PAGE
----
Aug 27, 2012 | Comments 0
Despite global headwinds and a challenging global economic environment, strong investment volumes in the Asia Pacific property market point to signs of resilience, according to the latest analysis of the market by Jones Lang LaSalle in their Q2 2012 Asia Pacific Property Digest (APPD). However, a slowdown in leasing activity points suggests that the region is not completely immune.
Direct commercial real estate investment activity rebounded in Q2 with volumes increasing 26 percent y-o-y to US$26 billion. Japan saw the biggest y-o-y growth (290 percent) as it recovered from the Tohoku earthquake last March, while Hong Kong, Singapore and China also registered strong double-digit growth.
With stronger investment volumes, capital values also grew in most major markets. Jakarta and Beijing CBDs saw the largest q-o-q increases (9 percent and 11 percent respectively) while capital values in Shanghai, Tokyo and Sydney exhibited small gains of up to 1.5 percent.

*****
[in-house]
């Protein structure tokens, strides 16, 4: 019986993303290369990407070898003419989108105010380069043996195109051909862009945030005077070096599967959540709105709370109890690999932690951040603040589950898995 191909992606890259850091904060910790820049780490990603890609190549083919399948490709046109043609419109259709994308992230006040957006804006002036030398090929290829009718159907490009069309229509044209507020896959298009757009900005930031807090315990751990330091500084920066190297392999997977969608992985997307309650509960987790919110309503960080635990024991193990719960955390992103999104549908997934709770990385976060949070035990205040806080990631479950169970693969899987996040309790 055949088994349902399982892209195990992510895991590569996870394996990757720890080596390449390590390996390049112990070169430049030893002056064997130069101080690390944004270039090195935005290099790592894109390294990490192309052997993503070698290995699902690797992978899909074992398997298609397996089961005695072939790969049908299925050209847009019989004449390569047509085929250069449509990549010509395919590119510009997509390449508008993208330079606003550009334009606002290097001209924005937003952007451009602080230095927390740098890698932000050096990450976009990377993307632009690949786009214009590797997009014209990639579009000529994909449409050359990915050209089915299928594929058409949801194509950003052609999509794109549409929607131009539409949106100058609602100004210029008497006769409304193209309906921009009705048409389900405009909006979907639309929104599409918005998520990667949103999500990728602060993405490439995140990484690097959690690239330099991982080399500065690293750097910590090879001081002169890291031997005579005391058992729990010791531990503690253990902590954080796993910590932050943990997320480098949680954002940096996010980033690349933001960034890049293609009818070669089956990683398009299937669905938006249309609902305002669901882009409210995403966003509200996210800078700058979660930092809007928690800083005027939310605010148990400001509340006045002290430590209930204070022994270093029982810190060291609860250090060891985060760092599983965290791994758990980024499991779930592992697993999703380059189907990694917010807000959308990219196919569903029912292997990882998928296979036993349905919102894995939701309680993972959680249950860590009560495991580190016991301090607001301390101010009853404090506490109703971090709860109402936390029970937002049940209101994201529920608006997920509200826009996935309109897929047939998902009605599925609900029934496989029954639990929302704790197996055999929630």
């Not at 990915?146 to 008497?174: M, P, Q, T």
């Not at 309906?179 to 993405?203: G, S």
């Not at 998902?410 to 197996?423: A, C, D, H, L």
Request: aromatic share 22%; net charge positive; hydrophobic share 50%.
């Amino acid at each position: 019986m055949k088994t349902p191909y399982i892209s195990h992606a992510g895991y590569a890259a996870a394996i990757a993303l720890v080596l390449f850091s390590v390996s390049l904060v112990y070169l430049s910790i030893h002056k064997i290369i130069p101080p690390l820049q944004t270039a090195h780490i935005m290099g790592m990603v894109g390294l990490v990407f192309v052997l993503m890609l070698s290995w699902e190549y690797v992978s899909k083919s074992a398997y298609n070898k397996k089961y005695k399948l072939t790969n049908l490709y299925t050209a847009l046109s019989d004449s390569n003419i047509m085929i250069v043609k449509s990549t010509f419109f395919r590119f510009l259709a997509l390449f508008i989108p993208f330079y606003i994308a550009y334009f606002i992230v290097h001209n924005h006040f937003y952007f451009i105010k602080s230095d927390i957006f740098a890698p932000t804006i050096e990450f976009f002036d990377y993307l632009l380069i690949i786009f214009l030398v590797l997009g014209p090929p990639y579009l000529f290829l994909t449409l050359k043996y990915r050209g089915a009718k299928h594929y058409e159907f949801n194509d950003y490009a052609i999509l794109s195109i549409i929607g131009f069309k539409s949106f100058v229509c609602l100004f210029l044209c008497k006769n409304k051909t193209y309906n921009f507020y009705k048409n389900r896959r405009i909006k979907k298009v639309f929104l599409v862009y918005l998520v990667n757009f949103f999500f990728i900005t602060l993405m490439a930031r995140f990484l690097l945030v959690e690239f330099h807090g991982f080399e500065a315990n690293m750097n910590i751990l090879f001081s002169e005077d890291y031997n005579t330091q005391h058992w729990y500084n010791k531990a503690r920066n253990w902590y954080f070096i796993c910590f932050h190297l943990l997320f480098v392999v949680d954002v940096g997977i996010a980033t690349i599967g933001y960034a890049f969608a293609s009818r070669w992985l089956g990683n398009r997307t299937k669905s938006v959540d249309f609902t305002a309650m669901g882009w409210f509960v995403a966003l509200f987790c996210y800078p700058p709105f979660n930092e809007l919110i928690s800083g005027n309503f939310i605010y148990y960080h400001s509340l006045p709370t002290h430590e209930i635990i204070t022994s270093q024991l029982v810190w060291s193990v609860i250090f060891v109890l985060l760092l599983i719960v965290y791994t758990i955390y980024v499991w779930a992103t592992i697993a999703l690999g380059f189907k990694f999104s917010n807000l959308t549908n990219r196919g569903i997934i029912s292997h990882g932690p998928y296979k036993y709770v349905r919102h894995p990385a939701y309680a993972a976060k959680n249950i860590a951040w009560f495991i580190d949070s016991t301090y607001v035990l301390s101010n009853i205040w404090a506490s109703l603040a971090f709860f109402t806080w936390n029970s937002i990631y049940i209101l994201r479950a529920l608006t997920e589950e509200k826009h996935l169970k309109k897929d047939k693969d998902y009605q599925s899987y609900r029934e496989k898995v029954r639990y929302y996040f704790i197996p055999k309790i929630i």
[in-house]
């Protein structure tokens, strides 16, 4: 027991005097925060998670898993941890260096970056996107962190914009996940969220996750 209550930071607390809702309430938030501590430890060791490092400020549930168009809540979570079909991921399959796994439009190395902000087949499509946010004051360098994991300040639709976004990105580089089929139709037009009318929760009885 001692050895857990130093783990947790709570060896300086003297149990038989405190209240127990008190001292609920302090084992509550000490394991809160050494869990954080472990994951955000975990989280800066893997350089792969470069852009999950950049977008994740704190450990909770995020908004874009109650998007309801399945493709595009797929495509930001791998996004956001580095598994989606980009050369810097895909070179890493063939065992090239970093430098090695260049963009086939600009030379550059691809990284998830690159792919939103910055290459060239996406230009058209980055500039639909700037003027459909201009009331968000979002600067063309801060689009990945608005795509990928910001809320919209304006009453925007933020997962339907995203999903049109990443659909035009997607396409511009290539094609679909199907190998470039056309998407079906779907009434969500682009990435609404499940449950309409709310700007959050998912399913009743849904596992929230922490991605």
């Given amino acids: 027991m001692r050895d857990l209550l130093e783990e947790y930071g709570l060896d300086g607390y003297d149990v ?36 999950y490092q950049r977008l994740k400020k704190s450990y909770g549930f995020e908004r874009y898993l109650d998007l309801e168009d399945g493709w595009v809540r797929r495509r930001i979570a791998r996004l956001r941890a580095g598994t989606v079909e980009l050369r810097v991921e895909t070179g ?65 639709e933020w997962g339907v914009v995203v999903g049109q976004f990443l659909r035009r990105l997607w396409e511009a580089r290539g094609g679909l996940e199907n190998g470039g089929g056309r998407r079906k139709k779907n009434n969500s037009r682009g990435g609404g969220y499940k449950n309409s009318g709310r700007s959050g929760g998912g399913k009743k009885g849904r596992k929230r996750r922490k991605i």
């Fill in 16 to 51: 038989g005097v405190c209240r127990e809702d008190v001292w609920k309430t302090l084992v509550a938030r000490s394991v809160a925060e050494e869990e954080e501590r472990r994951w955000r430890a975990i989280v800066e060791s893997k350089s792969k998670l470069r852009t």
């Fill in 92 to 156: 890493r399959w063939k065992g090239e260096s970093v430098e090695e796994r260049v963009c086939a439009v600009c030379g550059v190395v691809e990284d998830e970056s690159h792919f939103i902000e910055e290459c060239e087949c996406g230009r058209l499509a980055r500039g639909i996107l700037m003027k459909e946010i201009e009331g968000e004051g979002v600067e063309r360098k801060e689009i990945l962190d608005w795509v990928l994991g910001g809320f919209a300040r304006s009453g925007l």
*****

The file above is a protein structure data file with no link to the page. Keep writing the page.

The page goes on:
However, office leasing activity was down about 10 percent in Q2 compared to the same period in 2011, attributable to corporate caution and the flow-on effects of ongoing economic uncertainty.
“The Asia Pacific property markets are holding up relatively well given the global economic backdrop. Leasing activity levels should continue to trend moderately lower than last year’s record levels, while we expect investors will continue to search out opportunities, particularly in prime locations. In turn, we anticipate rents and capital values will continue to grow in most markets, albeit at a slower rate than 2011,” said Dr Jane Murray, head of Research Asia Pacific at Jones Lang LaSalle.
“While we are seeing some healthy growth forecasts for the Asia Pacific economy, leasing activity has steadied during the course of the year. There has been a decline in the established financial markets, however we are seeing strong demand in key South East Asian markets, and certain cities in China. While this pattern is likely to continue through to the remainder of the year, we are optimistic that leasing will remain largely stable,” said Jeremy Sheldon, managing director, Markets Asia Pacific Jones Lang LaSalle.
While residential leasing demand remained generally healthy in China, Jakarta and Manila, high-end leasing demand was subdued in Hong Kong and Singapore. Rentals climbed in most markets outside of Hong Kong, Singapore and Bangkok.